With the Kenyon itinerary in hand, I doubled back to those locations and began making my own inquiries. At the last stop on the list, a manager recalled for me how a red-bearded, smartly-attired gentleman, paid “that charming woman” close attention without making more than a word or two of conversation. “He struck me as the shy type,” the manager speculated. Perhaps the lady drew such admirers wherever she went.
I visited Kenyon’s Sacramento company the following day. Executives there were pleased to hear the investigation was continuing and eager to lend me what assistance they could. Their praise for the woman was equaled by sorrow for her loss.
“You don’t let someone like that go if you can help it,” a senior vice president told me. “We made her a fine offer to stay on, but she’d made up her mind. She said her new position came with executive status and an office with a view. She told me she was looking for a nice apartment or flat, through a real estate firm recommended by the company for those moving to the Bay Area.”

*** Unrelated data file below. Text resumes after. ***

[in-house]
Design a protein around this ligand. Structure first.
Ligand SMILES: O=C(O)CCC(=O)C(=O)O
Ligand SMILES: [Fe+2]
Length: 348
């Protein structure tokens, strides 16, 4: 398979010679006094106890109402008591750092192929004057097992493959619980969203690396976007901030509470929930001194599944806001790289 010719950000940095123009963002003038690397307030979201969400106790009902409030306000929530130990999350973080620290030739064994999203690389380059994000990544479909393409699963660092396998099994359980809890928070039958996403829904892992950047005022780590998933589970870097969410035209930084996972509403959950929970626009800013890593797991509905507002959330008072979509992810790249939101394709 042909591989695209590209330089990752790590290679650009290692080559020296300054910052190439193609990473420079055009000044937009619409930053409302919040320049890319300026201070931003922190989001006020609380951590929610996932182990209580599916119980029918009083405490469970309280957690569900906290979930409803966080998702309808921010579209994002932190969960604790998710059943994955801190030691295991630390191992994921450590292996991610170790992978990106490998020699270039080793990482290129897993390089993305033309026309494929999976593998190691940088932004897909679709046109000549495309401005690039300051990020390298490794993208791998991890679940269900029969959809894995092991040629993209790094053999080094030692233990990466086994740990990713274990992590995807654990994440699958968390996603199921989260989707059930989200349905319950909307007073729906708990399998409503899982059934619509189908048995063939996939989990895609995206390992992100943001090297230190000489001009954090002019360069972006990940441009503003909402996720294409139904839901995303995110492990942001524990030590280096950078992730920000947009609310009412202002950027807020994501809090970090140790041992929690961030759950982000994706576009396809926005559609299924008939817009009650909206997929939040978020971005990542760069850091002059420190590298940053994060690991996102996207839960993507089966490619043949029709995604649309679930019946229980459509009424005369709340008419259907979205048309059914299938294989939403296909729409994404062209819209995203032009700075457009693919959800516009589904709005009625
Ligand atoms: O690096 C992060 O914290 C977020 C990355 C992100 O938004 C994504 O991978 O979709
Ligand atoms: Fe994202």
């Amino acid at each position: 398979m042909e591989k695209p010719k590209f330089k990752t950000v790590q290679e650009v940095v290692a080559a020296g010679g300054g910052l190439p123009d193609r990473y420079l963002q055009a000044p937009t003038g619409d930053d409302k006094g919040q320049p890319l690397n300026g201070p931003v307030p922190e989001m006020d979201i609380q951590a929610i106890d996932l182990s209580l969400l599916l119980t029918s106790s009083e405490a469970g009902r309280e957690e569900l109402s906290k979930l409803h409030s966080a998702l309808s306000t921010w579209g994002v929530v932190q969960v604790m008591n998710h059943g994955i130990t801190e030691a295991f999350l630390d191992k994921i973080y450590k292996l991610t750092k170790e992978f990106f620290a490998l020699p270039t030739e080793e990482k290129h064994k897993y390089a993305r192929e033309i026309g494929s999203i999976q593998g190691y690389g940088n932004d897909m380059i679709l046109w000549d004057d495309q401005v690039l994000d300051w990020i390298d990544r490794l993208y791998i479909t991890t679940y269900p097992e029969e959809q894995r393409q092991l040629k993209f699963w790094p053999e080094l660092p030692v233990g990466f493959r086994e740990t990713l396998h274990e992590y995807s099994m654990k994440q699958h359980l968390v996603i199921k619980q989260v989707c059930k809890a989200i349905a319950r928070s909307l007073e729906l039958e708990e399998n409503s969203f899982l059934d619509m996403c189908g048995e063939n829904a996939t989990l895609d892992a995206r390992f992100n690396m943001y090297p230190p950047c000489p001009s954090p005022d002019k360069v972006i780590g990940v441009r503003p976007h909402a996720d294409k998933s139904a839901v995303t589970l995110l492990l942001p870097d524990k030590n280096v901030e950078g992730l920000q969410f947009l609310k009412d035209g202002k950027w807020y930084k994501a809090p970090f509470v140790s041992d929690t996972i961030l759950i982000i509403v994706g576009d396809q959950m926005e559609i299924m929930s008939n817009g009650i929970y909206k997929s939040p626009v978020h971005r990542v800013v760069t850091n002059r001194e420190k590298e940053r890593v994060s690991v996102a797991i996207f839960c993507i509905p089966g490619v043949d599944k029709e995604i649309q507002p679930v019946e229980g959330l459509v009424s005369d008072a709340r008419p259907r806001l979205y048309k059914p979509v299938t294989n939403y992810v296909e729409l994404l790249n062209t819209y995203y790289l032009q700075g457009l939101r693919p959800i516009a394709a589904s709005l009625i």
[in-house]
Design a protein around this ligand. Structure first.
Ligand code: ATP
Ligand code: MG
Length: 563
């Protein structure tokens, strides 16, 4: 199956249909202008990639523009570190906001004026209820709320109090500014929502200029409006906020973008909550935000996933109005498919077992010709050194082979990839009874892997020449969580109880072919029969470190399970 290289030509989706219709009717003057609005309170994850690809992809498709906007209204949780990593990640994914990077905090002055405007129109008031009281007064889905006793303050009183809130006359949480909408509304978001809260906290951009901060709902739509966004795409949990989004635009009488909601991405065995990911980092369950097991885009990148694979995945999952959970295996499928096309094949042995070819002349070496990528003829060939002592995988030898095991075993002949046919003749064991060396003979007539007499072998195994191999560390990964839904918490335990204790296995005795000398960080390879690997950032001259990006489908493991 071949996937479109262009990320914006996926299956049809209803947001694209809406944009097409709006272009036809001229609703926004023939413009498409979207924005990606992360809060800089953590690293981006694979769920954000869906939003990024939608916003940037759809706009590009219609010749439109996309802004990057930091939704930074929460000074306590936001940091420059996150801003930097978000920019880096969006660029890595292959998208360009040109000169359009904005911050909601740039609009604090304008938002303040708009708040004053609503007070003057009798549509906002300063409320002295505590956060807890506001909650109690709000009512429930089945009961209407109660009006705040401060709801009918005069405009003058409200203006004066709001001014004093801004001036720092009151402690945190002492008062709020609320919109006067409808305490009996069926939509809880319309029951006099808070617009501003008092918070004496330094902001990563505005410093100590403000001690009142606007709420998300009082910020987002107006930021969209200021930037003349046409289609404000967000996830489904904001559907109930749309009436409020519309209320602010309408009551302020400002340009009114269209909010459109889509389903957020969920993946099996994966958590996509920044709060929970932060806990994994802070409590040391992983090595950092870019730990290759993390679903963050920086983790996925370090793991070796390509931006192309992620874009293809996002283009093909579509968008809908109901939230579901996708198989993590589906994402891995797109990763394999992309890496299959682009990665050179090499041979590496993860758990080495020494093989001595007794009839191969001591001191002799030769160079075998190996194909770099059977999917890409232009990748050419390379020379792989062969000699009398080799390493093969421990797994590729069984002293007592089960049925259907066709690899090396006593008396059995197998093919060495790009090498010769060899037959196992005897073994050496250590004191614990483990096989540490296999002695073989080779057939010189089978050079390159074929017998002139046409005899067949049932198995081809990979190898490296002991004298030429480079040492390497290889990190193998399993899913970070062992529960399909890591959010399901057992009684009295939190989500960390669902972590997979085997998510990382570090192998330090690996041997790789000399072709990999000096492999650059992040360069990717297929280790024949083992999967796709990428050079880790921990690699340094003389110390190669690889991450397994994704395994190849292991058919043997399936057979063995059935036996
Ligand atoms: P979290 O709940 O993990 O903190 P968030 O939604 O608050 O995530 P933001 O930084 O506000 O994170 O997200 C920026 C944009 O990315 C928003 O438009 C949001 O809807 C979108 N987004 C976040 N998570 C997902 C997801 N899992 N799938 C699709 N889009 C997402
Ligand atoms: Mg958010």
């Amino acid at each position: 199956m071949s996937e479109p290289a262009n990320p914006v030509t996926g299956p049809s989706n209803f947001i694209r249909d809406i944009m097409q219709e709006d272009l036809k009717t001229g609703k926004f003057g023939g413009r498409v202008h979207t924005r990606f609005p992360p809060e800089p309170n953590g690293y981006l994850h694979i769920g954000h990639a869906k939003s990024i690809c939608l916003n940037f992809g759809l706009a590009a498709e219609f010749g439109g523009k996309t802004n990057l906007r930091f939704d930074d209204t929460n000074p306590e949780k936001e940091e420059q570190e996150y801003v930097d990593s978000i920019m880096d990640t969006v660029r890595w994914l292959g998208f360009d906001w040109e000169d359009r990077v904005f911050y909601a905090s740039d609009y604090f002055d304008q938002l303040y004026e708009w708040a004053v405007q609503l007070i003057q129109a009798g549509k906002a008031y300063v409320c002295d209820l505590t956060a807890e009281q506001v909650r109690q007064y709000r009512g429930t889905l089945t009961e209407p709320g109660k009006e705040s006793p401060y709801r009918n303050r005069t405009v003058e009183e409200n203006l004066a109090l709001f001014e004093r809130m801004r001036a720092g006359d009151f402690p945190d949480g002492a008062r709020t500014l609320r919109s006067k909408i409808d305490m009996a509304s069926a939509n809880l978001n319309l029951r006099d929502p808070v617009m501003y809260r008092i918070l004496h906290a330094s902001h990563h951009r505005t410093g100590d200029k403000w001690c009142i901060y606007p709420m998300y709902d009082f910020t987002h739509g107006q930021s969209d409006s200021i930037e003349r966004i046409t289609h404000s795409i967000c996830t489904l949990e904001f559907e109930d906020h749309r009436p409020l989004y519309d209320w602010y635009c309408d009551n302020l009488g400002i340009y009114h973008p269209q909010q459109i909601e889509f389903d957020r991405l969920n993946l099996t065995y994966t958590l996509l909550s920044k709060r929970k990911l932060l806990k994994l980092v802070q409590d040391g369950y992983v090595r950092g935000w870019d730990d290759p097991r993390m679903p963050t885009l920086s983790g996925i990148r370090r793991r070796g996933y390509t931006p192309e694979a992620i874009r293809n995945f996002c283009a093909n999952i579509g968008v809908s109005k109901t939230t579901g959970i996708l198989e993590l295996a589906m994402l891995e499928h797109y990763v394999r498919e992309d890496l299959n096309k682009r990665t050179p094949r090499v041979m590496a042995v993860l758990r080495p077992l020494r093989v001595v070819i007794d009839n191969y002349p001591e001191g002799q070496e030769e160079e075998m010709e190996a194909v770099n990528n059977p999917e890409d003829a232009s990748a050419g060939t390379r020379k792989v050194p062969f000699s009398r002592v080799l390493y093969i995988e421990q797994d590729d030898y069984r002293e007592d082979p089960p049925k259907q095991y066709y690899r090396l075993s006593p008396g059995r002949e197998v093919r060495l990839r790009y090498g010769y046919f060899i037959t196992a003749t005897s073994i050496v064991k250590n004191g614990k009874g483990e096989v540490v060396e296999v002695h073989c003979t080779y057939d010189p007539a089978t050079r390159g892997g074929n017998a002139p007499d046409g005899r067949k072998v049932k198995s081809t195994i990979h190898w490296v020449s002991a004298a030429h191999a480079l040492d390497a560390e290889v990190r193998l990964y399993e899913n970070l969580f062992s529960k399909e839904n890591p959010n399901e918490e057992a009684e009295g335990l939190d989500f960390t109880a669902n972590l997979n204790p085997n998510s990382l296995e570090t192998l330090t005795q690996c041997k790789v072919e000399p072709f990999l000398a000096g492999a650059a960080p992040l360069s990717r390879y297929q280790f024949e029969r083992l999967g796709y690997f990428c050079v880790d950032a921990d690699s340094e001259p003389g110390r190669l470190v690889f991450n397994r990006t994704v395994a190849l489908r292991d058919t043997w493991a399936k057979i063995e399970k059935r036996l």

I contacted the real estate office to see what arrangements Kenyon had made with them and was surprised to learn she’d made none. She was still using her old Sacramento address as a reference, though she was no longer residing there and left no forwarding address. It was as if she had no foothold in either town.
“You’d think that she’d settle that before she began work,” I told Iris on my return.
“She may have tried, but good rentals are not that easy to find. Finding a convenient living space that suits your needs is far from easy when you move to a big town. Well, how are you making out so far?”
“I’m wondering how anyone can determine what happened to a missing person in the absence of evidence. Is it a crime or not a crime? To be or not to be? That, as Hamlet said, is the question.”
“Hamlet was a lousy detective. Couldn’t make up his mind. And how did Sacramento go for you?”